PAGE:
By Amy Halpern
“What we do matters,” and that’s one of the things that makes Round House Theatre a great place to work, says Danisha Crosby, the organization’s director of education.
Crosby, who has been with Round House for 29 years, says she will never forget the “young man of color” who was so taken with the theater’s spring 2018 production of “Master Harold”…and the Boys—set in South Africa during the apartheid era—that he didn’t want to leave after the show. Or the teennage girl who was so fascinated by Round House’s 2019 production of The Curious Incident of the Dog in the Night-Time—about a teen with Asperger’s syndrome—that she stayed behind to ask the lead actor how he managed to portray so accurately what math class felt like for her.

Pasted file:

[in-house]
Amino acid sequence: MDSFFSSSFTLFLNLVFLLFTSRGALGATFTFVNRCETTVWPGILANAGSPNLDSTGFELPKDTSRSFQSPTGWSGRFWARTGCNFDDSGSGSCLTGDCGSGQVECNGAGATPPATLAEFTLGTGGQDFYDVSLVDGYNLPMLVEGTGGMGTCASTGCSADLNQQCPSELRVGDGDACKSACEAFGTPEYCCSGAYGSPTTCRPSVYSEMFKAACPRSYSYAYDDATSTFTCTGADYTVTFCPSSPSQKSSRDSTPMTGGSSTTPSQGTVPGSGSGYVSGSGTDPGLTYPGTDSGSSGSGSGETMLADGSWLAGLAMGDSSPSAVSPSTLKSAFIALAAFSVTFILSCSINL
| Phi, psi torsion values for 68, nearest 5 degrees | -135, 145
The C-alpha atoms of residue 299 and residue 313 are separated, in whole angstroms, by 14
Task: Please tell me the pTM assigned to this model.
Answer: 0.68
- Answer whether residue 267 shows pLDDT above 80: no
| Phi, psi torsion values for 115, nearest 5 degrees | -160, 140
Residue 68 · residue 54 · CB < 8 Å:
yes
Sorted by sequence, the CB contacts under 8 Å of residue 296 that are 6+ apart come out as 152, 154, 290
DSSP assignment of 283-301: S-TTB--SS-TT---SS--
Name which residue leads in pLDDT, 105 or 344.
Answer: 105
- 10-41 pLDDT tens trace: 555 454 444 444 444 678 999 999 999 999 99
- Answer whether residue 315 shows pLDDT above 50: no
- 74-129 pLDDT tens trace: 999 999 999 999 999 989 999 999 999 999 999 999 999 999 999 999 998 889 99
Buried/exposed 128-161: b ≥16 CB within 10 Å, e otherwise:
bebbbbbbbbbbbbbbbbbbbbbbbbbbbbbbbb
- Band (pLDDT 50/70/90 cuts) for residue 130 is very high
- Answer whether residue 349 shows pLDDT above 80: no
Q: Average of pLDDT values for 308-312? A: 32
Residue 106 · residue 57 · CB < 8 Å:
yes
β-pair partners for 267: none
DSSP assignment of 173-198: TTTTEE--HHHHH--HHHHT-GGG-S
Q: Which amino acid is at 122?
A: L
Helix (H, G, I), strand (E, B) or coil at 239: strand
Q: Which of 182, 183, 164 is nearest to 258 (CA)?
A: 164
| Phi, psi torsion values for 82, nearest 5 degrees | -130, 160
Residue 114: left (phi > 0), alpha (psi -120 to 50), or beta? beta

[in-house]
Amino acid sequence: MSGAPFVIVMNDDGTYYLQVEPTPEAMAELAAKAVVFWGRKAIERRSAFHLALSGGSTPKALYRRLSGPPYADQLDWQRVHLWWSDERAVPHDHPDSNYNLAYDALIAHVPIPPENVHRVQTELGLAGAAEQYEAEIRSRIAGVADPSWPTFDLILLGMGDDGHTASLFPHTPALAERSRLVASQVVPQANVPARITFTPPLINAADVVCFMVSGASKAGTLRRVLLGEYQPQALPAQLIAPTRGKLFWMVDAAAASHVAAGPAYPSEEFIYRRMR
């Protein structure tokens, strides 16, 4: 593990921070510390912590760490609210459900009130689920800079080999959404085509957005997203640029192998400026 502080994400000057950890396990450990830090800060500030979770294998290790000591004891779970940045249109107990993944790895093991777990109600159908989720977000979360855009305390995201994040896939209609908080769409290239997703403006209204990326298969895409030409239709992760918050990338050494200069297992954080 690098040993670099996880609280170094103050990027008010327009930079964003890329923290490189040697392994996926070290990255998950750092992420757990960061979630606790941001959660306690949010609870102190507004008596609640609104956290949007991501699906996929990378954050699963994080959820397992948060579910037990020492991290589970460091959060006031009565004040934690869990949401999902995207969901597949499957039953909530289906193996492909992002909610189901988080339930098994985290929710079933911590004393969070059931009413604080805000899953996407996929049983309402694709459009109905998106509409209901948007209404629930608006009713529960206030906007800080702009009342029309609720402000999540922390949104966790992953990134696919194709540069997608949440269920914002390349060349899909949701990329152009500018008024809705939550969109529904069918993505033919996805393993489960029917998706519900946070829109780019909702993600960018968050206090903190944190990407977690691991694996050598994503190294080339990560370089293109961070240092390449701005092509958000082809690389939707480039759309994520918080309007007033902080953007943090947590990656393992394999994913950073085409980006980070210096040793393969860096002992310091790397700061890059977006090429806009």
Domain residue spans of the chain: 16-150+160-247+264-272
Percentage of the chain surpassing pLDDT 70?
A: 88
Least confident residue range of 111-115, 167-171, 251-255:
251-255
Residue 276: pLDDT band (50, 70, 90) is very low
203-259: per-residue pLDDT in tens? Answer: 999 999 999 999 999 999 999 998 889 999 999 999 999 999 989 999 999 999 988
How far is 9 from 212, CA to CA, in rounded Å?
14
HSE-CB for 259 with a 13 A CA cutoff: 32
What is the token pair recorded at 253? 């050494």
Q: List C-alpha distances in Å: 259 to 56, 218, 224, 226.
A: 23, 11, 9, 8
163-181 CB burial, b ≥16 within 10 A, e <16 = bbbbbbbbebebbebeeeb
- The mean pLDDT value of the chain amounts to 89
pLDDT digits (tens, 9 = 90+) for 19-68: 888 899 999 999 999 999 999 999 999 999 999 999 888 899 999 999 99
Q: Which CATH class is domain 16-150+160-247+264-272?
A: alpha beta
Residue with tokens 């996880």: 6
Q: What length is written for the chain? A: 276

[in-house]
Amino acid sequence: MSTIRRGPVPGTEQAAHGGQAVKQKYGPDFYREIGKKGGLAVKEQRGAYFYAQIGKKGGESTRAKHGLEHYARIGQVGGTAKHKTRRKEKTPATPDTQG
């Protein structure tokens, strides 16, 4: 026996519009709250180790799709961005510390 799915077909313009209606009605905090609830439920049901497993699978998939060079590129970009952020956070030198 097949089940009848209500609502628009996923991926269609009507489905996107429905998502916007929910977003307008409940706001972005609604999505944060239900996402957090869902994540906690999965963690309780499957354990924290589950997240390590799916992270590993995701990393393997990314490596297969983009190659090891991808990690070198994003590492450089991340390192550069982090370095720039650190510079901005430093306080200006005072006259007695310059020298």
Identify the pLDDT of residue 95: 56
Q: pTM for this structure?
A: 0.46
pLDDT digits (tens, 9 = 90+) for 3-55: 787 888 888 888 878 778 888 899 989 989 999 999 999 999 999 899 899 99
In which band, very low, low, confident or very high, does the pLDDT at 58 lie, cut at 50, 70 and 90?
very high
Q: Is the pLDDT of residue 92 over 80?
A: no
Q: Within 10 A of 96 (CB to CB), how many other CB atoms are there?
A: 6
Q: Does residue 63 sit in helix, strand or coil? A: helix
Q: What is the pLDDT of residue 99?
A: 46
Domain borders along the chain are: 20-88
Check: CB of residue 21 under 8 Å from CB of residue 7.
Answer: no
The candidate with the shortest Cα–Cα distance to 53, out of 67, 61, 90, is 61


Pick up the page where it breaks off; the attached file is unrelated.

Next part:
“We’re a ‘people first’ organization…whether it’s our patrons or our artists or our staff,” says Ryan Rilette, the theater’s artistic director. He has canceled shows when actors have had family crises, and he turned Labor Day weekend 2020 into “Labor Day week” when he saw that the theater’s 34 staff members were under stress. “By that point, everybody was deeply, deeply overloaded…so we said, ‘let’s take a week off,’ ” Rilette explains. “In our industry there’s the idea that the show must go on; we really try to practice that the show really should go on, but not at the expense of people’s [mental and physical] health.”